Just be kind!

It almost makes me shudder when I see these words – ‘Just be kind’ – as a tool to excuse not having to engage with the impact of racism and the multitude of ways that it shows up. When there is a question asked or a point made about the racist impact of the actions of a well-meaning white person who works in the sector, I have seen all too often that as well as this being met with a huge amount of fragility there is a tendency to run to a claim of bullying. In what has come to be expected, the mantra of kindness is used as a way to derail the conversation about racism, and thus a learning opportunity is prevented. Ironic really, since the sector makes claims about how important reflective practice is. Too many times I have observed from the metaphoric side lines of how these incidents play out time and time again. I am very rarely the challenger now, more often the observer. This is not for fear of being labelled unkind either. Remember, I take up space in this world as a Black woman – such labels are automatically attributed to people whose identity markers are the ones that I possess (also add aggressive, scary, sassy, unfriendly, and strong). No, I have no energy to pour into every white person creating a spectacle after being called out on their racism, purely because I need to reserve my energy to live and be joyous. I now leave the job of calling these instances out to those white people who swiftly came to claim their ally badges in June 2020, and watch them experience that small fraction of discomfort when they are accused of not being kind.


That doesn’t apply to us, we don’t have any Black children here!

A classic retort to the work of anti-racism. In the statement itself it suggests that anti-racism is work to be done for the benefit of children who are not white when, in actual fact, it is to benefit all children. The recent non-statutory guidance that the sector has seen come out since I wrote my first piece – The Birth to Five Matters document and Development Matters – both have a stance on anti-racism and neither say that this must only apply to settings with racially diverse cohorts, so the notion of not having to engage with anti-racist practice because your setting is all white has no basis. Anti-racist practice is for all of us.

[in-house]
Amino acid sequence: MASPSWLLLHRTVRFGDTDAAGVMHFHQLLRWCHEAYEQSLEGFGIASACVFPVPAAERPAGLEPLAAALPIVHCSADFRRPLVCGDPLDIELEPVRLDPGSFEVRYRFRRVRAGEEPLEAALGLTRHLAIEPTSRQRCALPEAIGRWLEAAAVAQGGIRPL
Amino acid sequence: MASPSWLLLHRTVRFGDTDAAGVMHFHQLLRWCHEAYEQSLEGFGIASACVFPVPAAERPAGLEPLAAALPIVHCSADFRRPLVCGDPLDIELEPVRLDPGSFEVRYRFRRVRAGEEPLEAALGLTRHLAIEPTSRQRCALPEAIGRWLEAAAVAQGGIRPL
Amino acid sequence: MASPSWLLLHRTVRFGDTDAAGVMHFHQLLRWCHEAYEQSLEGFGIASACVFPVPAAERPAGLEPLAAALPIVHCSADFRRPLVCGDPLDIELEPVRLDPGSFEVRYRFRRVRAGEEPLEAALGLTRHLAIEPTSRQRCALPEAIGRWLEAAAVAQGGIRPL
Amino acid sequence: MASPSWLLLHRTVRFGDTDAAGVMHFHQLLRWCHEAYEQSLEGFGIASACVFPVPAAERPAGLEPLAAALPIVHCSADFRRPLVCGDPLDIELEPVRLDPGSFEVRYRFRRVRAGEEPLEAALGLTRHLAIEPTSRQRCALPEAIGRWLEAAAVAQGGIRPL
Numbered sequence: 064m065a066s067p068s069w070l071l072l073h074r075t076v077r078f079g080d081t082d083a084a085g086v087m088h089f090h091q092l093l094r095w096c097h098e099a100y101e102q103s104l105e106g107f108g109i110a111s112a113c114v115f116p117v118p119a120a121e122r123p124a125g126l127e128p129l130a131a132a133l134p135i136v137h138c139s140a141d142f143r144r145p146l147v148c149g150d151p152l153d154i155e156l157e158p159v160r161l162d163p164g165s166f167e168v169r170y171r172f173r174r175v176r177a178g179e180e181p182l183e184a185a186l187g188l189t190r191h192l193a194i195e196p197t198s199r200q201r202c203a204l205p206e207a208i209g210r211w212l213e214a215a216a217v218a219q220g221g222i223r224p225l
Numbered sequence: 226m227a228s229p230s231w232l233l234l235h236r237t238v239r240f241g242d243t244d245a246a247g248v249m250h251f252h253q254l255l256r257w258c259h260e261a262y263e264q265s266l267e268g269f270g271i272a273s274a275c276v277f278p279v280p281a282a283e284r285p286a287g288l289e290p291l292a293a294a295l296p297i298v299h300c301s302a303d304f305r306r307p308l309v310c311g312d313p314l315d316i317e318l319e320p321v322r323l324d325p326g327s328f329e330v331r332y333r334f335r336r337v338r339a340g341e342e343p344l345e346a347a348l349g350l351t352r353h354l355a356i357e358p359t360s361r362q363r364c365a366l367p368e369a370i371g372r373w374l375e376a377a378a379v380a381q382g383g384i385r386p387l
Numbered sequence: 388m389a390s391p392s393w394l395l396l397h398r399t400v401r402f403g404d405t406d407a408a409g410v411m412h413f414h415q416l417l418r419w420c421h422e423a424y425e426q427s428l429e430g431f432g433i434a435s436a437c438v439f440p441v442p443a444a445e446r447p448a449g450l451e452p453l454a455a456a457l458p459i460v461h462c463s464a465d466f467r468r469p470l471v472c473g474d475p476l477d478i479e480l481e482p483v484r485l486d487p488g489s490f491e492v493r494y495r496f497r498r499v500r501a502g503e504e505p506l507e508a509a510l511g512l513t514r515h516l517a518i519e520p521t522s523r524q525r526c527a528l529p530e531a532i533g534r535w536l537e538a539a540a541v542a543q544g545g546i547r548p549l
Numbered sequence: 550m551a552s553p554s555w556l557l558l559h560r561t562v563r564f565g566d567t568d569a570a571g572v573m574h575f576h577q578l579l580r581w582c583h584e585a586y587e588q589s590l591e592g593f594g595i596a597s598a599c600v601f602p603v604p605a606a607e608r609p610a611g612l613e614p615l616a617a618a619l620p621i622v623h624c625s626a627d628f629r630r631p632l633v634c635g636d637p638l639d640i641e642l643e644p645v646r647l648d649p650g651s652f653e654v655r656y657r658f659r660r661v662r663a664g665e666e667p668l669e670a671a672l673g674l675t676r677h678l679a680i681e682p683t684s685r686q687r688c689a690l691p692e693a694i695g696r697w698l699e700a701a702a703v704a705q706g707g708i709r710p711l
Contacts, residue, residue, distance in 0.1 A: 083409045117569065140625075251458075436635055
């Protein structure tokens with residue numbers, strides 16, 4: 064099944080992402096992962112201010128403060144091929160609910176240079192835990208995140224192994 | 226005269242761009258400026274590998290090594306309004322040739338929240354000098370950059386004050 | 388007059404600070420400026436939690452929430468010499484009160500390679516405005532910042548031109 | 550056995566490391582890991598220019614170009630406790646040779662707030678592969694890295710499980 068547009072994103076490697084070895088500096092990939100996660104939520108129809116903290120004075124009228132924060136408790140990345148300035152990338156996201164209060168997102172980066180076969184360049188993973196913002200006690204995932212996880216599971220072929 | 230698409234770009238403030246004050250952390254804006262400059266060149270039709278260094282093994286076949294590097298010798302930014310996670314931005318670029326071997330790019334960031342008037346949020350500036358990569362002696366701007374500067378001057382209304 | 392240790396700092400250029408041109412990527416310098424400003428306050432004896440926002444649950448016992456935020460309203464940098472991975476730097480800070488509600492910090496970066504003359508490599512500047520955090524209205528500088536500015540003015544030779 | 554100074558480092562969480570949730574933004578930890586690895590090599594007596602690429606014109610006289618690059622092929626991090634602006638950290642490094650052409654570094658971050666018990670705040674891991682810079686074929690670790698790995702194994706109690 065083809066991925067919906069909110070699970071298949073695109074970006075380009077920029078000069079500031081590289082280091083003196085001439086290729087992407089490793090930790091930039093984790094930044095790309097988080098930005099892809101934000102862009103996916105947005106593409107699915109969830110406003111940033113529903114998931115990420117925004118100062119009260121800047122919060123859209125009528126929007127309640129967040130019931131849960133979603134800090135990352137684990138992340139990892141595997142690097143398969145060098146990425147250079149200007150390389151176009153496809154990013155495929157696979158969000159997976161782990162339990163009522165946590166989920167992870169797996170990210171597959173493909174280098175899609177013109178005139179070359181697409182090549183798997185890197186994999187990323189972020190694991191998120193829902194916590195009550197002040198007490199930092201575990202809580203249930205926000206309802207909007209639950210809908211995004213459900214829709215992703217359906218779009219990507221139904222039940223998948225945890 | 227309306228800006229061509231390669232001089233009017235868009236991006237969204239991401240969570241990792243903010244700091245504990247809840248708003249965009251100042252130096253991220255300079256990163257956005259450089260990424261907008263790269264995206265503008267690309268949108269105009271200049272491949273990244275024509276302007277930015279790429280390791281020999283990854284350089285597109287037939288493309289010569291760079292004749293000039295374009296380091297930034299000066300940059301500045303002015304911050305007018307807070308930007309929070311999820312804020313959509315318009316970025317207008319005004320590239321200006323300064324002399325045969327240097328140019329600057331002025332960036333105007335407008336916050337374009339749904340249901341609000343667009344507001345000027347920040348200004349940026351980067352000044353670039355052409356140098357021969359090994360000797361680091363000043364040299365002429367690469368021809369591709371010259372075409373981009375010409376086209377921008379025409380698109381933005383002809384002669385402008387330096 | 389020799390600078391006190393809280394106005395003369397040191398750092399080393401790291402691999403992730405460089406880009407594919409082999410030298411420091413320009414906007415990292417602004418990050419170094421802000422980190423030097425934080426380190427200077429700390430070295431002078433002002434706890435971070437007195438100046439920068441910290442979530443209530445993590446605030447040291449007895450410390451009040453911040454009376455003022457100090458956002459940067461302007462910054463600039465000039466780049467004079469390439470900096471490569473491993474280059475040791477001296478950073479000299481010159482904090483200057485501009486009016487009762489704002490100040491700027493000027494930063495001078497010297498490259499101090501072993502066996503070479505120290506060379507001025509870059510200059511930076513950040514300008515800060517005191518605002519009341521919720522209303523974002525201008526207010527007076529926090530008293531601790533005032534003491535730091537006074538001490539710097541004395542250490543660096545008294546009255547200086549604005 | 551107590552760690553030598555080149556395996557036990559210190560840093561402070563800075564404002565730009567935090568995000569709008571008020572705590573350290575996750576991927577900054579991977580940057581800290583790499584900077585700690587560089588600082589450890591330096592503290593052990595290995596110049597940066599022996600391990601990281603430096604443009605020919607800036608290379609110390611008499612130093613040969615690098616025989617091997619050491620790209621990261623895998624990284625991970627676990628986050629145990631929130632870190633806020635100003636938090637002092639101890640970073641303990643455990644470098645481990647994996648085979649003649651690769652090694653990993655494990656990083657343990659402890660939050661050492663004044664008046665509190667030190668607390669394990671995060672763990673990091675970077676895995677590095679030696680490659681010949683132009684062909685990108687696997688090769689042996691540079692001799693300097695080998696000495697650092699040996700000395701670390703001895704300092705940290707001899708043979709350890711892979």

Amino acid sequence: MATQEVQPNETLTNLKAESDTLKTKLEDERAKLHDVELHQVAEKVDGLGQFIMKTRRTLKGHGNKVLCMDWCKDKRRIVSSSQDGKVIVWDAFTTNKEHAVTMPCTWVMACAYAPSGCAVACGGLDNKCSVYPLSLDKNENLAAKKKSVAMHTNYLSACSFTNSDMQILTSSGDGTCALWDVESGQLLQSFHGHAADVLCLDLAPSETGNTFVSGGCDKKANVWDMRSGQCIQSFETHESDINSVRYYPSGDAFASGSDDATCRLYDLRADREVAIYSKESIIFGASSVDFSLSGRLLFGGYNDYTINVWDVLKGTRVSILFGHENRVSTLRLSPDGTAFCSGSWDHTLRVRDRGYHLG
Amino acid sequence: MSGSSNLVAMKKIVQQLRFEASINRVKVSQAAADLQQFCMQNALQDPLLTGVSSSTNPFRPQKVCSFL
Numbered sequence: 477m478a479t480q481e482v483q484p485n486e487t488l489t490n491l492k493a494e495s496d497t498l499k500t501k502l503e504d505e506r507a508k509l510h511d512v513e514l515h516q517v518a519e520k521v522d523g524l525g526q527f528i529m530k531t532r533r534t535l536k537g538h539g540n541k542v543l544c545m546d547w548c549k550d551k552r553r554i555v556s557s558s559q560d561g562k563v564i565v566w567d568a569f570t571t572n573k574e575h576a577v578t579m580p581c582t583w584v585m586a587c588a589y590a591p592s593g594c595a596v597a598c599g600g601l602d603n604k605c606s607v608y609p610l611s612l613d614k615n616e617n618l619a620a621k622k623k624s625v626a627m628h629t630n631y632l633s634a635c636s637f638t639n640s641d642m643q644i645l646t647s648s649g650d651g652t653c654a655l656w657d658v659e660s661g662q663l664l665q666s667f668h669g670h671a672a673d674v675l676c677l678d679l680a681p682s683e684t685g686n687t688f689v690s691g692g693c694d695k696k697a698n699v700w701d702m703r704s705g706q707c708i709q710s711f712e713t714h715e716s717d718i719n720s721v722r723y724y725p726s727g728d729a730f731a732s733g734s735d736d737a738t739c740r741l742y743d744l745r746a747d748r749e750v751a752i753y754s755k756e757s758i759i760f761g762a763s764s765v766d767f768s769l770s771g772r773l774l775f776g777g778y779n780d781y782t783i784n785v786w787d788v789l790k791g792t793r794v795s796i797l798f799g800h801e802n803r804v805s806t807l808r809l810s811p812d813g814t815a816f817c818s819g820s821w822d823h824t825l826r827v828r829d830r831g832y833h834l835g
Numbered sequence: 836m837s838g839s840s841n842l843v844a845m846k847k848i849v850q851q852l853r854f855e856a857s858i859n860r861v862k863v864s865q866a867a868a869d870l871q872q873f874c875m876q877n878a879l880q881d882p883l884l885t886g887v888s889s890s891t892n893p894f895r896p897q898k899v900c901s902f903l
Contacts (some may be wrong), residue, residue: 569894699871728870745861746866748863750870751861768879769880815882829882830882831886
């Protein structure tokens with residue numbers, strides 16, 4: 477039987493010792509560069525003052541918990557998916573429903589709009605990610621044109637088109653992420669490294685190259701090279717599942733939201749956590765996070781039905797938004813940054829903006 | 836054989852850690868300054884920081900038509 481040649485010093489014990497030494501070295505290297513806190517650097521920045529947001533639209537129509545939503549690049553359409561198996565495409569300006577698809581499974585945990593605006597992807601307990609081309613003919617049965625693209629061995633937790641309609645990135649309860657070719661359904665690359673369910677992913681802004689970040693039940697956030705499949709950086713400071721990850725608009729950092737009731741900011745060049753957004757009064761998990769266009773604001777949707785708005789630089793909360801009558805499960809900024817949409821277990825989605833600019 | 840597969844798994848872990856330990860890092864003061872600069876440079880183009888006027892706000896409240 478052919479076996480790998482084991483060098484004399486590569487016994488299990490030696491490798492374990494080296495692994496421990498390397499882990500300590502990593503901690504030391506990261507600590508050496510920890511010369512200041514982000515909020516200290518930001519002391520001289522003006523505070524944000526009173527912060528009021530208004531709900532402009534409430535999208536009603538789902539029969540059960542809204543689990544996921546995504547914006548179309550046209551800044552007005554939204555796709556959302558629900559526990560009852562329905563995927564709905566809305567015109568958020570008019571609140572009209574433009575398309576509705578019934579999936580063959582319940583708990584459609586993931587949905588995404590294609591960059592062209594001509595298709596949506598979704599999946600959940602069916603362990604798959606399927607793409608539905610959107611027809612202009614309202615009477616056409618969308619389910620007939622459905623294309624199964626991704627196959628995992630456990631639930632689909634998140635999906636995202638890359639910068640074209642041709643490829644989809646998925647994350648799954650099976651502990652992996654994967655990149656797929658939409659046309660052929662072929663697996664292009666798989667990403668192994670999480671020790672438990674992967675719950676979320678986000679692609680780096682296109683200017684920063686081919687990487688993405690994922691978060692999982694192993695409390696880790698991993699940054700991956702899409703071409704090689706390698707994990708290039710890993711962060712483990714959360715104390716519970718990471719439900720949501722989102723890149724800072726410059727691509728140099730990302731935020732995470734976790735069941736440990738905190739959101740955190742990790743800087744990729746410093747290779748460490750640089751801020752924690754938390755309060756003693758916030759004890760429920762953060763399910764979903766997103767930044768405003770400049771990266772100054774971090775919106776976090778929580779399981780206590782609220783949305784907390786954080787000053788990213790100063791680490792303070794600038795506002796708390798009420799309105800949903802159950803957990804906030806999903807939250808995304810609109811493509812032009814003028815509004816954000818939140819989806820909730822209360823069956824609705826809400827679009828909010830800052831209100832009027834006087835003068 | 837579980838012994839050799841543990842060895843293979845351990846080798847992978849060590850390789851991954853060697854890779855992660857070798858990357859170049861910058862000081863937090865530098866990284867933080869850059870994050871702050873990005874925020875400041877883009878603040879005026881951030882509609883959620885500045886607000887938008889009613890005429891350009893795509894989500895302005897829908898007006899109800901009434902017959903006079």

I will end on one more positive note though, you’ve certainly been ordering lots of anti-racist books for yourselves, and titles such as Reni Eddo-Lodge’s “Why I’m No Longer Talking to White People About Race” saw a surge to the point of selling out during the year. But be warned, reading books, whilst absolutely necessary, is not the end point – continuous action in your settings and as a collective within the sector is.

  • Challenge in the Facebook group

The next time somebody says that all lives matter tell them that nobody said that they didn’t. Ask why the mention of Black lives mattering triggers such a response in them? Ask if they are compelled to respond that all forms of cancer matter when there is awareness raised about Breast cancer in particular?

  • Do not use your Black colleagues in the Early Years as a pawn to demonstrate how great an ally you are

I work collaboratively with a number of Black Early Years colleagues in my everyday work, and those white colleagues who are fighting the good fight in their various spaces and amongst their spheres of influence have been known to use the “I have a Black *insert relational value here*” tool as a means of demonstrating how nonracist they are. This has meant that at times myself and other Black colleagues minding our own business on a Sunday have been unwillingly drawn into back and forth discussions tagged as badges of honour in social media posts. Don’t do this – we are not your pawns. You can make a point about racism without the need to use us for your performativity or in a quest for your ally cookies.

  • If you are a white man in the Early Years sector, use your limitless credit card!

This matters because the hierarchical societal structures remind us that to be a cis gendered, heterosexual, able bodied white man is to be the king of the castle and there are a few of you here in this space. Some of you are challenging and calling out racism, you are turning down jobs if you are invited to speak on all white early years experts panels and you are paying work forward to those professionals who are as equally qualified but are Black, Brown or of East or South East Asian heritage. Do this and continue to be critical of the spaces that you occupy or create.



Ed. Liz Pemberton hosted the Tapestry Education Conference: Reflecting on Anti-racism in the Early Years’ on 25th March 2021. The conference, with speakers Shaddai Tembo and Faith Chow, reflected on the need for a deeper understanding of our own unconscious biases, of how each of us are a product of our surroundings, experiences, and of a society steeped in white privilege, and that without this understanding we cannot truly see and support every child, family and colleague.

Watch the Tapestry Education Conference: Reflecting on Anti-racism in the Early Years.



Liz Pemberton

Liz Pemberton runs a training and consultancy company, The Black Nursery Manager Ltd, whose mission is to promote inclusive practice in the Early Years education sector, with particular focus on how race, culture and anti-racism should be considered in this practice. She has a Masters degree in Early Childhood Studies and Qualified Teacher Status and has taught Early Childhood Studies and Health and Social Care to secondary school and sixth form students. Liz has a background in Nursery management.